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US: Report alleges antitrust monitor has committed ‘major abuse’ against Apple

 |  February 17, 2015

A scathing critique by The Wall Street Journal, of Michael Bromwich, the lawyer overseeing Apple after it lost an iBooks antitrust lawsuit circulated Tuesday. It alleges that he has unfairly billed the company some $2.65 million for investigative practices that have gone well beyond the initial intent of his role.

The page-long editorial makes a case against Michael Bromwich, who was appointed by U.S. District Judge Denise Cote in 2013 to oversee issues related to her ruling that found Apple fixed the price of ebooks.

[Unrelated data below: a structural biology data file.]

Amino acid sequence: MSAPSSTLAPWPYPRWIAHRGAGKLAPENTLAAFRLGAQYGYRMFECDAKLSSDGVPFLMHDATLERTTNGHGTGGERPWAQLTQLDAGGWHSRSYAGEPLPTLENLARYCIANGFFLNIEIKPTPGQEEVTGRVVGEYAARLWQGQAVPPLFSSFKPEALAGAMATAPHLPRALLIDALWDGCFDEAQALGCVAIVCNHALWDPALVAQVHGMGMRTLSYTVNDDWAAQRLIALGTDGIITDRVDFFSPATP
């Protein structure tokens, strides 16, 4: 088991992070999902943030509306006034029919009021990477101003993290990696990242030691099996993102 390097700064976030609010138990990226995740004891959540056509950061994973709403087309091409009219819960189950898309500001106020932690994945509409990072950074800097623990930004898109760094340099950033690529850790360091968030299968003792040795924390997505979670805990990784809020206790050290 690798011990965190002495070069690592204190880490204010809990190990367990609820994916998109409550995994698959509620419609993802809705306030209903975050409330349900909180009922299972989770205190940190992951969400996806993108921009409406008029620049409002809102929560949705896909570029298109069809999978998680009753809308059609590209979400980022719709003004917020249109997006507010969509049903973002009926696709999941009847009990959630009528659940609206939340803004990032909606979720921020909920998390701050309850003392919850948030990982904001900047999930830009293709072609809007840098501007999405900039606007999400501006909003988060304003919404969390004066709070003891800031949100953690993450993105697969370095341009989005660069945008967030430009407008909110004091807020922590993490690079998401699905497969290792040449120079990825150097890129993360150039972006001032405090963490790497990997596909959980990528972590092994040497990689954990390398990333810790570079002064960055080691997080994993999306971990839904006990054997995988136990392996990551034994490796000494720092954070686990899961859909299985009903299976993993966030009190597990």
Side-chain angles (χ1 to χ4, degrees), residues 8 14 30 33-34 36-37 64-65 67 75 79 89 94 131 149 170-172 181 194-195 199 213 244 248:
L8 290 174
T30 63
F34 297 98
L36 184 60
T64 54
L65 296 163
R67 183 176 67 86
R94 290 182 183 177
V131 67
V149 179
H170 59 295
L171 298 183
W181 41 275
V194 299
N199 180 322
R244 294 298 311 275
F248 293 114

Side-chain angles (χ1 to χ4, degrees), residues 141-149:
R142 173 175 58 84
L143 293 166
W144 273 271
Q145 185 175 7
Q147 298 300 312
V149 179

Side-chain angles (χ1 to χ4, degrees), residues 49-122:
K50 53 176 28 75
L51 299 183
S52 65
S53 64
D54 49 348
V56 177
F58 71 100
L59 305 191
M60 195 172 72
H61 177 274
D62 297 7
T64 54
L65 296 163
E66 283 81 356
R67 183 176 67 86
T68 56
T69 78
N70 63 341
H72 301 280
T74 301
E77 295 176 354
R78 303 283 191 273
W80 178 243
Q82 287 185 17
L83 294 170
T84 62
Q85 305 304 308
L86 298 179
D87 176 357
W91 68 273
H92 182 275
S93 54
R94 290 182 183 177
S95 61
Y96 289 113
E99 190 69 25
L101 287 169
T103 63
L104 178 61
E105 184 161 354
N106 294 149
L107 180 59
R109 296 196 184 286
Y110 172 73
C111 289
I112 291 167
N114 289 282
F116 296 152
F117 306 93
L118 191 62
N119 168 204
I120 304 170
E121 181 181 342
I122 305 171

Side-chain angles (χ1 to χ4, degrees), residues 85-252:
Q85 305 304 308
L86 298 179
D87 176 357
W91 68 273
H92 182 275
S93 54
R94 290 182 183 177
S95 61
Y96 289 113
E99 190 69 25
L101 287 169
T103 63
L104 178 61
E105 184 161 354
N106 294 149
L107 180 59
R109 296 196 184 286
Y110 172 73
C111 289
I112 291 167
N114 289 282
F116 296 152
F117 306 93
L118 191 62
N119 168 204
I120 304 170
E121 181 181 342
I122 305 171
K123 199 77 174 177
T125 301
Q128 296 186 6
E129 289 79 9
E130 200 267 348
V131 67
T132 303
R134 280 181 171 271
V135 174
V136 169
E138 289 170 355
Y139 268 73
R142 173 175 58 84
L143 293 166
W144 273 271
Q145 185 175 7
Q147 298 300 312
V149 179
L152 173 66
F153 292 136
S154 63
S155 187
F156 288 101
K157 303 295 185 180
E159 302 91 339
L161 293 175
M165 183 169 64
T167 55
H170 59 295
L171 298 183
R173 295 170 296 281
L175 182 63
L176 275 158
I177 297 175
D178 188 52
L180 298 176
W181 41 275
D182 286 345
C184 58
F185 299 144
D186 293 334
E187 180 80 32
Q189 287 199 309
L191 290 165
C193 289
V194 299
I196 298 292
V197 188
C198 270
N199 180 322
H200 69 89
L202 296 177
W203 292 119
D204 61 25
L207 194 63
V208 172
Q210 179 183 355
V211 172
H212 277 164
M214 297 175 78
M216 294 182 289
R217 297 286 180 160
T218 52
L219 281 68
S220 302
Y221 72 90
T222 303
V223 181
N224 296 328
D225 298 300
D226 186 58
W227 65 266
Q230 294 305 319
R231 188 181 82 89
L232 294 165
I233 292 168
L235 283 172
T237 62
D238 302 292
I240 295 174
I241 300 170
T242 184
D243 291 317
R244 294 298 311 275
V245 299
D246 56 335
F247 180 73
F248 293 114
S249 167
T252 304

The editorial critiques Bromwich, who is billing $1,100/hour, has no background in antitrust law, and that he is a friend of the judge. It also claims he has exceeded his authority.

Bromwich’s role is supposed to focus on antitrust compliance and training measures, but the Journal’s investigation concluded that the attorney “has been stumbling all around Cupertino to conduct a roving, unfettered inquisition into Apple’s business.”

“In other words, he wasn’t acting as a neutral court officer but as an agent of the prosecution — and then charging Apple for his trouble,” the editorial states.

Full Content: The Wall Street Journal


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